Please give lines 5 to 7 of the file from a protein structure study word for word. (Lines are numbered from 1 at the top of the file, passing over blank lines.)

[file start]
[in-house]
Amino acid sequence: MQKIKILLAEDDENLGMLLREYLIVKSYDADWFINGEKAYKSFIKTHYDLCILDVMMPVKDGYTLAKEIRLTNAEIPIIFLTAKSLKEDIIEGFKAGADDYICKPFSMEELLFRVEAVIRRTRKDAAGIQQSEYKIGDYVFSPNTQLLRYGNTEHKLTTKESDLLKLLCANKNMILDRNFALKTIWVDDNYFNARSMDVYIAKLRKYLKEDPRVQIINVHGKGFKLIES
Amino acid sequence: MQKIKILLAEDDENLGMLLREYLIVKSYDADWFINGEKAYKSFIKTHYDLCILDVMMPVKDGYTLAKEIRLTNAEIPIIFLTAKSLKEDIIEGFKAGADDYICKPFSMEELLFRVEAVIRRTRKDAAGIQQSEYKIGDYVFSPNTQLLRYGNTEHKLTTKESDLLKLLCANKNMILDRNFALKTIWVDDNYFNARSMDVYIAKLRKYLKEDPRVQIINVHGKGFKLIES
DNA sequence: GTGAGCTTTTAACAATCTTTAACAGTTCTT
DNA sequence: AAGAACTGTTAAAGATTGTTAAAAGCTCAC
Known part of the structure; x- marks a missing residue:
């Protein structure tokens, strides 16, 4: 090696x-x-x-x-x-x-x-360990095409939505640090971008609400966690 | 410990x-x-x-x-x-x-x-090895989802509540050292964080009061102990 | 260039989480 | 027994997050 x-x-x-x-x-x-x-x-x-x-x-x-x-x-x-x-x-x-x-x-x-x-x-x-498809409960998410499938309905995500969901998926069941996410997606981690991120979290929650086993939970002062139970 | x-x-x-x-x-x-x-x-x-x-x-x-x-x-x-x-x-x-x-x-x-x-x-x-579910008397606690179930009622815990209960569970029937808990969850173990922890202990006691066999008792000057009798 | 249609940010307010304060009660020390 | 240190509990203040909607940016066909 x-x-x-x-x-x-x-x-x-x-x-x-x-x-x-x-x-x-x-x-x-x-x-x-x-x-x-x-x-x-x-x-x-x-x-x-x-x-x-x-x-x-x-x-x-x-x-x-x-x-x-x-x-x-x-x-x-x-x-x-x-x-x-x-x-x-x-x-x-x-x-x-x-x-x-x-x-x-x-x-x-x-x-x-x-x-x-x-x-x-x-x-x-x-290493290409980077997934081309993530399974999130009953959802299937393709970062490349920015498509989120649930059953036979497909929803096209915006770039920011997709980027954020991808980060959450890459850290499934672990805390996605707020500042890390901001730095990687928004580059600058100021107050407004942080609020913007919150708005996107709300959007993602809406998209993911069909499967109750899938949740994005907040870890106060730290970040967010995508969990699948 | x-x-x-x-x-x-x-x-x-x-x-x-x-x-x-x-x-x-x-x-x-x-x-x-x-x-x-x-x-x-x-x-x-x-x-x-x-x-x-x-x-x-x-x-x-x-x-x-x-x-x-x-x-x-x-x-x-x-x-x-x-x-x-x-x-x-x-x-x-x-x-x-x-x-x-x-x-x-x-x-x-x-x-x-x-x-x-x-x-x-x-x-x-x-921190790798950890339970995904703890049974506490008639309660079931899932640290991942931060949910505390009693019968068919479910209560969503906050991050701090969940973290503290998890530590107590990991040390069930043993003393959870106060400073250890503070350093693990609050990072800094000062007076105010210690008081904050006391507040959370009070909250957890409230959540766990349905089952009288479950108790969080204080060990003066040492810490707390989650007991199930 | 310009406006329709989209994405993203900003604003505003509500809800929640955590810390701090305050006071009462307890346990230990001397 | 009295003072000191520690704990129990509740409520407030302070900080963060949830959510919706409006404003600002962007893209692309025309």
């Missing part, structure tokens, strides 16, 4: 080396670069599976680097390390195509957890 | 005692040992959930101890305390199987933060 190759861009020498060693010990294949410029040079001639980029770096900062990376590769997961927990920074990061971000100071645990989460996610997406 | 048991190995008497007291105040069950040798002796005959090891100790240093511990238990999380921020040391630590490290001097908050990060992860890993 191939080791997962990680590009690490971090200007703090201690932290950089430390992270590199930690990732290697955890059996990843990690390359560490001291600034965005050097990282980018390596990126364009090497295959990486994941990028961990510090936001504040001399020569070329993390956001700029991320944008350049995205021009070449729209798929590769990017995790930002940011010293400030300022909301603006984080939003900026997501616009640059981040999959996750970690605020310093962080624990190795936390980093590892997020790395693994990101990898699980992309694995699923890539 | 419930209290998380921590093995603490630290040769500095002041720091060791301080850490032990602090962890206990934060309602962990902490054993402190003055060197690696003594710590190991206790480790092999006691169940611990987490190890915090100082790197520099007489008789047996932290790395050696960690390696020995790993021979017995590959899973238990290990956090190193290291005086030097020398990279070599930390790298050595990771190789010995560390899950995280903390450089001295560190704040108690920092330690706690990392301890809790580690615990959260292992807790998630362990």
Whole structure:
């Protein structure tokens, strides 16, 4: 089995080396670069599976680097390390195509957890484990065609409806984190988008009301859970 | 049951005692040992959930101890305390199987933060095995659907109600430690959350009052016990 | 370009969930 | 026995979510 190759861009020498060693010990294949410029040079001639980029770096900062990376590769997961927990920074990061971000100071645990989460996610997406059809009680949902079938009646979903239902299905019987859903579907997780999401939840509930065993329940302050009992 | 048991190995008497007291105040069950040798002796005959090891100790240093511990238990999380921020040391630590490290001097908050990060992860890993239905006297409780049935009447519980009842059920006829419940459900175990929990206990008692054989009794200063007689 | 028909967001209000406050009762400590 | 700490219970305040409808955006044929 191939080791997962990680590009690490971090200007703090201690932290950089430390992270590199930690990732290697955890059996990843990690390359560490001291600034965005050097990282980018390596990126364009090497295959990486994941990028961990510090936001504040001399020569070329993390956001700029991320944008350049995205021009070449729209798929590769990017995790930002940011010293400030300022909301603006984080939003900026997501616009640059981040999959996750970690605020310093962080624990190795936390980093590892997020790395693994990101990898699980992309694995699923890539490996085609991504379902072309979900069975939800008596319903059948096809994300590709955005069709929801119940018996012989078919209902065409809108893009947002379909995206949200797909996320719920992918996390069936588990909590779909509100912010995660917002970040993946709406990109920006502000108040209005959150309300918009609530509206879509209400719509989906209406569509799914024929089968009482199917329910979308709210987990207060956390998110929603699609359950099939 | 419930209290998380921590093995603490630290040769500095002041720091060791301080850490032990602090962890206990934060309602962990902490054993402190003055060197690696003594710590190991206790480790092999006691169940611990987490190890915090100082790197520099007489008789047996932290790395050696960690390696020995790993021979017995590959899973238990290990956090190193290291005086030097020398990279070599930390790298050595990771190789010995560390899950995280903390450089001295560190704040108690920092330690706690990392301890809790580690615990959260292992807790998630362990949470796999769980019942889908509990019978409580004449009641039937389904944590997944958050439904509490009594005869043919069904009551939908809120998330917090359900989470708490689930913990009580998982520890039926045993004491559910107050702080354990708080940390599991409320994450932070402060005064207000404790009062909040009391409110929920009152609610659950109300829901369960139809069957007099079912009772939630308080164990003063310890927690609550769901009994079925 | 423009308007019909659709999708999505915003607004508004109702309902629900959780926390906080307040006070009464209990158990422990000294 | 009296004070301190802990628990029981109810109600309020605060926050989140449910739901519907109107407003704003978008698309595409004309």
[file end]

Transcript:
DNA sequence: AAGAACTGTTAAAGATTGTTAAAAGCTCAC
Known part of the structure; x- marks a missing residue:
């Protein structure tokens, strides 16, 4: 090696x-x-x-x-x-x-x-360990095409939505640090971008609400966690 | 410990x-x-x-x-x-x-x-090895989802509540050292964080009061102990 | 260039989480 | 027994997050 x-x-x-x-x-x-x-x-x-x-x-x-x-x-x-x-x-x-x-x-x-x-x-x-498809409960998410499938309905995500969901998926069941996410997606981690991120979290929650086993939970002062139970 | x-x-x-x-x-x-x-x-x-x-x-x-x-x-x-x-x-x-x-x-x-x-x-x-579910008397606690179930009622815990209960569970029937808990969850173990922890202990006691066999008792000057009798 | 249609940010307010304060009660020390 | 240190509990203040909607940016066909 x-x-x-x-x-x-x-x-x-x-x-x-x-x-x-x-x-x-x-x-x-x-x-x-x-x-x-x-x-x-x-x-x-x-x-x-x-x-x-x-x-x-x-x-x-x-x-x-x-x-x-x-x-x-x-x-x-x-x-x-x-x-x-x-x-x-x-x-x-x-x-x-x-x-x-x-x-x-x-x-x-x-x-x-x-x-x-x-x-x-x-x-x-x-290493290409980077997934081309993530399974999130009953959802299937393709970062490349920015498509989120649930059953036979497909929803096209915006770039920011997709980027954020991808980060959450890459850290499934672990805390996605707020500042890390901001730095990687928004580059600058100021107050407004942080609020913007919150708005996107709300959007993602809406998209993911069909499967109750899938949740994005907040870890106060730290970040967010995508969990699948 | x-x-x-x-x-x-x-x-x-x-x-x-x-x-x-x-x-x-x-x-x-x-x-x-x-x-x-x-x-x-x-x-x-x-x-x-x-x-x-x-x-x-x-x-x-x-x-x-x-x-x-x-x-x-x-x-x-x-x-x-x-x-x-x-x-x-x-x-x-x-x-x-x-x-x-x-x-x-x-x-x-x-x-x-x-x-x-x-x-x-x-x-x-x-921190790798950890339970995904703890049974506490008639309660079931899932640290991942931060949910505390009693019968068919479910209560969503906050991050701090969940973290503290998890530590107590990991040390069930043993003393959870106060400073250890503070350093693990609050990072800094000062007076105010210690008081904050006391507040959370009070909250957890409230959540766990349905089952009288479950108790969080204080060990003066040492810490707390989650007991199930 | 310009406006329709989209994405993203900003604003505003509500809800929640955590810390701090305050006071009462307890346990230990001397 | 009295003072000191520690704990129990509740409520407030302070900080963060949830959510919706409006404003600002962007893209692309025309």